Anamaria Vartolomei impresses as Last Tango In Paris star Maria Schneider in Jessica Palud’s sensitive biopic

Being Maria

Source: Cannes Film Festival

‘Being Maria’

Dir: Jessica Palud. France. 2024. 102mins

As an aspiring young actress, Maria Schneider seemingly could not have asked for a better opportunity: co-starring alongside the legendary Marlon Brando in the highly anticipated Last Tango In Paris. But the experience proved scarring: Schneider never entirely recovered from what she felt was a violation of her by both Brando and director Bernardo Bertolucci during one unplanned scene in which her character is raped. Drawing inspiration from Vanessa Schneider’s book about her cousin, Being Maria observes the star before, during and after this pivotal moment. Filmmaker Jessica Palud’s second feature may be uneven, but it hits on something fundamental about its troubled, defiant subject.

 The film advocates for Schneider

Screening as part of the Cannes Premiere section, this sombre biopic is an ideal vehicle for Anamaria Vartolomei, who earned the Cesar for Most Promising Actress for 2020’s Happening. Matt Dillon lends additional commercial muscle playing Brando, and cinephiles will be curious to see the dramatised making of one of the 1970s’ most controversial pictures. The film opens in France on June 19 under the title Maria, and that country’s ongoing #MeToo reckoning makes this a timely tribute to Schneider – who passed away in 2011, aged 58. (All the main players featured are now dead.)

As Being Maria begins, teenage Schneider (Vartolomei) is trying to get her start as an actress, wanting to follow in the footsteps of her father, Daniel Gelin (Yvan Attal). At 19, she lands one of the leads in rising auteur Bernardo Bertolucci’s (Giuseppe Maggio) next picture, the provocative sexual drama Last Tango In Paris. Initially, Schneider loves the improvisational filmmaking style, touched by how Marlon Brando (Dillon) treats her like an equal while offering advice and encouragement. But one day during the shoot, Bertulucci informs her that he wants the scene they’re filming to be more contentious, without revealing to her that he and Brando have conspiratorially decided to have him suddenly hold her down and simulate a rape.

Wisely, Palud (Revenir) spends enough time with Schenider before this harrowing incident to establish her as a three-dimensional character — torn between feuding parents, hungry to prove herself outside of her father’s fame — so that we sense her optimistic spirit and artistic drive. Those early sequences, including ones conveying her initial warm rapport with both Brando and Bertolucci, are crucial, so that it’s apparent how invigorated she was at the prospect of making Last Tango In Paris — only to be devastated by her co-star’s unexpected aggressiveness during the rape scene. That shocking moment of simulated sex is presented unvarnished, shown from Schneider’s terrified perspective, her tears and screams unbidden, her anguish and fear frightenly visceral.

The film takes a narrative risk by following that scene with a more jagged approach from then on. Afterward, we only see Schneider’s life in pieces, the story continually checking back in on the actress over the ensuing years. These brief moments — at the premiere, working on a later picture, falling into addiction — are intentionally disjointed, almost as if the character is as fragmented in her own mind as she appears to us. Although not wholly successful, the strategy creates a disorienting effect as Schneider reels during the decade after Last Tango In Paris when she is attacked in the press and mocked by insensitive viewers, who snidely make ‘butter’ jokes in reference to Brando’s use of the foodstuff on her during the notorious sequence. Vartolomei never allows her portrayal to become one-dimensional, conveying a mixture of rage, pain and sorrow.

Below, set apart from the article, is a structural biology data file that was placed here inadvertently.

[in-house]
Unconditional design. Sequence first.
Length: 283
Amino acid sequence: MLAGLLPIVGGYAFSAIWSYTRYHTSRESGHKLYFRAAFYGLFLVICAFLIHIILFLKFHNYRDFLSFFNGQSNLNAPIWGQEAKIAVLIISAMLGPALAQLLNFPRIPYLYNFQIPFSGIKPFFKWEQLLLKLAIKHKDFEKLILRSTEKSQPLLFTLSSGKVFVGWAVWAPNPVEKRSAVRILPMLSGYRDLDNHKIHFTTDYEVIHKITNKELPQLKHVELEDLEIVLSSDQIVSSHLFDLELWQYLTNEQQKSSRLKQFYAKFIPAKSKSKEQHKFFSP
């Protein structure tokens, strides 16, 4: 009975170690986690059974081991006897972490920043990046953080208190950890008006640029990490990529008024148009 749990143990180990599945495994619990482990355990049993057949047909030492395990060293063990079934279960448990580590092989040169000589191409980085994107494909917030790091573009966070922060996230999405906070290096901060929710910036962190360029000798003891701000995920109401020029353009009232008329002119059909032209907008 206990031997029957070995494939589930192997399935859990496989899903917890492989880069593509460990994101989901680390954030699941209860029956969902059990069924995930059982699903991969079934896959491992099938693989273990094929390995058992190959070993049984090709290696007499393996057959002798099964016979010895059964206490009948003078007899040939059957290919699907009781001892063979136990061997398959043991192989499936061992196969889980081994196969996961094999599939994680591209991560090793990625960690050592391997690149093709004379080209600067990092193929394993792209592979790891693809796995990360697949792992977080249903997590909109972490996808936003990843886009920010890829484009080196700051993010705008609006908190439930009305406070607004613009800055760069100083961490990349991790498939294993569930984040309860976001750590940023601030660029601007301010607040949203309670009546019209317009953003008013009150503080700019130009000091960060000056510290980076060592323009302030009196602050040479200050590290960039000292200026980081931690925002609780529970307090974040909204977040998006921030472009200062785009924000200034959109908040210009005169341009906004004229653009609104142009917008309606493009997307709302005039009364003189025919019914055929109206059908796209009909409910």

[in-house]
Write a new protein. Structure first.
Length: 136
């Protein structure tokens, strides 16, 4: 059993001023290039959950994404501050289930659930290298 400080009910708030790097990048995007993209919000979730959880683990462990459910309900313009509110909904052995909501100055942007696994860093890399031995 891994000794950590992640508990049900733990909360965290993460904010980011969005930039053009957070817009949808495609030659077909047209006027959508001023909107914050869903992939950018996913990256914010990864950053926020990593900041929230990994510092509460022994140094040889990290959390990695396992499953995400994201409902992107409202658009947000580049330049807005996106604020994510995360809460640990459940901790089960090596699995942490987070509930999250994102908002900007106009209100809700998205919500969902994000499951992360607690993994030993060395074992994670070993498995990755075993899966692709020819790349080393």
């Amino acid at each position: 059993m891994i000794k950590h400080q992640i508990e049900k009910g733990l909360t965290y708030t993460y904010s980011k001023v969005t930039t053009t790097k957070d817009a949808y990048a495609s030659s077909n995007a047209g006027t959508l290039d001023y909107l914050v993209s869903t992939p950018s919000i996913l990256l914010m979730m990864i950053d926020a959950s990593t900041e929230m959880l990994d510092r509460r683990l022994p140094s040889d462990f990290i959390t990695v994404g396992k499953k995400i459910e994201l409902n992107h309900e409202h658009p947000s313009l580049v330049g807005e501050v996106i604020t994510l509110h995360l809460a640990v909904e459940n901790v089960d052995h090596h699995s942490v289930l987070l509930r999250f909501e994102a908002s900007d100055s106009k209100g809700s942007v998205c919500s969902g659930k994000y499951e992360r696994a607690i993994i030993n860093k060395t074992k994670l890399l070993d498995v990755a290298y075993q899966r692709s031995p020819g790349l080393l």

While Being Maria condemns Brando and Bertolucci — in fact, Palud worked as an assistant on Bertolucci’s The Dreamers — Dillon’s and Maggio’s performances contain significant shading, which only makes the actions of their characters worse. Palud suggests that Brando and Bertolucci were seeking artistic truth — they didn’t tell her their plan so her reaction could be more ‘real’ — but their blindness to Schneider’s feelings are especially damning because they never considered how aggressive their choice was. Dillon resists doing a Brando impression, but he ably conveys the actor’s otherworldly mystique, humanising the legend just before he behaves reprehensibly.

As Schneider struggles toward personal stability, Being Maria occasionally stumbles, the character’s descent into drugs fairly pro forma for a rise-then-fall biopic. Even during the film’s weakest passages, though, Vartolomei’s layered turn keeps this story emotionally honest, arriving at a guardedly hopeful ending. The film advocates for Schneider, taking the spotlight away from Tango’s male artists and deservedly repositioning it on the woman who has too long been overlooked.

Production companies: Les Films De Mina, StudioCanal, Moteur S’il Vous Plait 

International sales: StudioCanal, 

Producer: Marielle Duigou 

Screenplay: Jessica Palud, Laurette Polmanss, loosely adapted from the novel written by Vanessa Schneider

Cinematography: Sebastien Buchmann

Production design: Valerie Valero

Editing: Thomas Marchand

Music: Benjamin Biolay

Main cast: Anamaria Vartolomei, Celeste Brunnquell, Giuseppe Maggio, Yvan Attal, Matt Dillon